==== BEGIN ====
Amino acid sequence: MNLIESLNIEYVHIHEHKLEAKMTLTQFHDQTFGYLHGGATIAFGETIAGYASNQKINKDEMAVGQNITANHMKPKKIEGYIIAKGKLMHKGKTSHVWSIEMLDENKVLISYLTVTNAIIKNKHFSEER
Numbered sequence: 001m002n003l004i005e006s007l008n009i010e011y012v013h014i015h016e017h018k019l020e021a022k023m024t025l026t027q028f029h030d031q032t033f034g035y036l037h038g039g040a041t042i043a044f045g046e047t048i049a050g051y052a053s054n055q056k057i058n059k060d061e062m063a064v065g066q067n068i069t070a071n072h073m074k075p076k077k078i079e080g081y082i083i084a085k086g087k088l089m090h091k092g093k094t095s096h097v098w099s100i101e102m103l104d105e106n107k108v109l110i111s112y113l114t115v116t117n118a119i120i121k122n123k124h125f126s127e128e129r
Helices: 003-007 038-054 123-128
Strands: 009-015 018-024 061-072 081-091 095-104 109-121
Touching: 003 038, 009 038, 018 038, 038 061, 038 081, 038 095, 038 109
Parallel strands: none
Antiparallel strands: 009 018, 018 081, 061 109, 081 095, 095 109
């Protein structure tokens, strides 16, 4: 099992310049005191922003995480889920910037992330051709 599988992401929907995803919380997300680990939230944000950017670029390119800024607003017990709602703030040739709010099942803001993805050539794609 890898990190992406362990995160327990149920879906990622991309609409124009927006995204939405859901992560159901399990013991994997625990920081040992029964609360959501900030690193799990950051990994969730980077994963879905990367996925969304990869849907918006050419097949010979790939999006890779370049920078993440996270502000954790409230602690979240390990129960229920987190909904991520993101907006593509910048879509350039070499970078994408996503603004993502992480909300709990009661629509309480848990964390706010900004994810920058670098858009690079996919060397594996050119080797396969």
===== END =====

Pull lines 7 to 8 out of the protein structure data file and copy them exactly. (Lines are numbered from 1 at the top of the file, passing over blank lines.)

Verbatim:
Antiparallel strands: 009 018, 018 081, 061 109, 081 095, 095 109
């Protein structure tokens, strides 16, 4: 099992310049005191922003995480889920910037992330051709 599988992401929907995803919380997300680990939230944000950017670029390119800024607003017990709602703030040739709010099942803001993805050539794609 890898990190992406362990995160327990149920879906990622991309609409124009927006995204939405859901992560159901399990013991994997625990920081040992029964609360959501900030690193799990950051990994969730980077994963879905990367996925969304990869849907918006050419097949010979790939999006890779370049920078993440996270502000954790409230602690979240390990129960229920987190909904991520993101907006593509910048879509350039070499970078994408996503603004993502992480909300709990009661629509309480848990964390706010900004994810920058670098858009690079996919060397594996050119080797396969």